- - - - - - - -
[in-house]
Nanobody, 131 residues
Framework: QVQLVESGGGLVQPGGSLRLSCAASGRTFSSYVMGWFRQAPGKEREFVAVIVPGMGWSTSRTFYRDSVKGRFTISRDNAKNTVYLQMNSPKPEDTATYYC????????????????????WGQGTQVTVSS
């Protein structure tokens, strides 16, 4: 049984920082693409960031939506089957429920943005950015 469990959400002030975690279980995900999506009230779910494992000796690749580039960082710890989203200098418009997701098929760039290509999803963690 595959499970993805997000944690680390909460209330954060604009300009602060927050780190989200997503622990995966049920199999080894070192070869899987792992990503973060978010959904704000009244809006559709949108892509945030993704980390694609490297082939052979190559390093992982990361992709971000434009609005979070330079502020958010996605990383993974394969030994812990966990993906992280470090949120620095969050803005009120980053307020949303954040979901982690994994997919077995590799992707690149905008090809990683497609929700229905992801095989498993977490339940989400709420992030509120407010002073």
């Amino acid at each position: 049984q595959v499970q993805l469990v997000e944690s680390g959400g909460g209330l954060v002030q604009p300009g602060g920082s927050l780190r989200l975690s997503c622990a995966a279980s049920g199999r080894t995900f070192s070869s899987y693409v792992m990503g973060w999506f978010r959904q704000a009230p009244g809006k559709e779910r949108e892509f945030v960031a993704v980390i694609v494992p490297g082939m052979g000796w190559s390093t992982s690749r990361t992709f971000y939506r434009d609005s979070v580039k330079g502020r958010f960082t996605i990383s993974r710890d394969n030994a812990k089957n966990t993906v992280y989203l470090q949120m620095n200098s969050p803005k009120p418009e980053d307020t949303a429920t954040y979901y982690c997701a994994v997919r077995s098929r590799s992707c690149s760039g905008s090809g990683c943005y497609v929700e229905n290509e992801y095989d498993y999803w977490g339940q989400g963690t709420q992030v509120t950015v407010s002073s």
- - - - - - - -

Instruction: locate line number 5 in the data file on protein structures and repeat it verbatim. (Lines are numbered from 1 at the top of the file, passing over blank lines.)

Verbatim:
């Amino acid at each position: 049984q595959v499970q993805l469990v997000e944690s680390g959400g909460g209330l954060v002030q604009p300009g602060g920082s927050l780190r989200l975690s997503c622990a995966a279980s049920g199999r080894t995900f070192s070869s899987y693409v792992m990503g973060w999506f978010r959904q704000a009230p009244g809006k559709e779910r949108e892509f945030v960031a993704v980390i694609v494992p490297g082939m052979g000796w190559s390093t992982s690749r990361t992709f971000y939506r434009d609005s979070v580039k330079g502020r958010f960082t996605i990383s993974r710890d394969n030994a812990k089957n966990t993906v992280y989203l470090q949120m620095n200098s969050p803005k009120p418009e980053d307020t949303a429920t954040y979901y982690c997701a994994v997919r077995s098929r590799s992707c690149s760039g905008s090809g990683c943005y497609v929700e229905n290509e992801y095989d498993y999803w977490g339940q989400g963690t709420q992030v509120t950015v407010s002073s």